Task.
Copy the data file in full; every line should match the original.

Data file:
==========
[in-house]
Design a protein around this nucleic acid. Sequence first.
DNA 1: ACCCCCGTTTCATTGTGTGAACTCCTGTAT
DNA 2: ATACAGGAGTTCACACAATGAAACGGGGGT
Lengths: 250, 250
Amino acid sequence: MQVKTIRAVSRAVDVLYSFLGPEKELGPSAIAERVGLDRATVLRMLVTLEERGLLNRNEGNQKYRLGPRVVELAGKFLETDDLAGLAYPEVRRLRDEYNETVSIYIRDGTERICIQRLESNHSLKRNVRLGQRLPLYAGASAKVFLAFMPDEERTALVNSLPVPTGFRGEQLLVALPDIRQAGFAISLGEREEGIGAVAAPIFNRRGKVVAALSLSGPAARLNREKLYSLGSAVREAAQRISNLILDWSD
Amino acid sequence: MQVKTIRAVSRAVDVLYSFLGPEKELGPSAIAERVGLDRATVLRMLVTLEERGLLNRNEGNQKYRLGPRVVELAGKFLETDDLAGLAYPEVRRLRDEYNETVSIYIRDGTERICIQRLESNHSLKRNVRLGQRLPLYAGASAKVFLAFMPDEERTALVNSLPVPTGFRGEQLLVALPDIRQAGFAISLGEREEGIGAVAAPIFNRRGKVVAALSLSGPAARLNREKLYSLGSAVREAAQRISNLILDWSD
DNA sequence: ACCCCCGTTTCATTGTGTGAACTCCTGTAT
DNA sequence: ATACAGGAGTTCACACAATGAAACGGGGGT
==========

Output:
[in-house]
Design a protein around this nucleic acid. Sequence first.
DNA 1: ACCCCCGTTTCATTGTGTGAACTCCTGTAT
DNA 2: ATACAGGAGTTCACACAATGAAACGGGGGT
Lengths: 250, 250
Amino acid sequence: MQVKTIRAVSRAVDVLYSFLGPEKELGPSAIAERVGLDRATVLRMLVTLEERGLLNRNEGNQKYRLGPRVVELAGKFLETDDLAGLAYPEVRRLRDEYNETVSIYIRDGTERICIQRLESNHSLKRNVRLGQRLPLYAGASAKVFLAFMPDEERTALVNSLPVPTGFRGEQLLVALPDIRQAGFAISLGEREEGIGAVAAPIFNRRGKVVAALSLSGPAARLNREKLYSLGSAVREAAQRISNLILDWSD
Amino acid sequence: MQVKTIRAVSRAVDVLYSFLGPEKELGPSAIAERVGLDRATVLRMLVTLEERGLLNRNEGNQKYRLGPRVVELAGKFLETDDLAGLAYPEVRRLRDEYNETVSIYIRDGTERICIQRLESNHSLKRNVRLGQRLPLYAGASAKVFLAFMPDEERTALVNSLPVPTGFRGEQLLVALPDIRQAGFAISLGEREEGIGAVAAPIFNRRGKVVAALSLSGPAARLNREKLYSLGSAVREAAQRISNLILDWSD
DNA sequence: ACCCCCGTTTCATTGTGTGAACTCCTGTAT
DNA sequence: ATACAGGAGTTCACACAATGAAACGGGGGT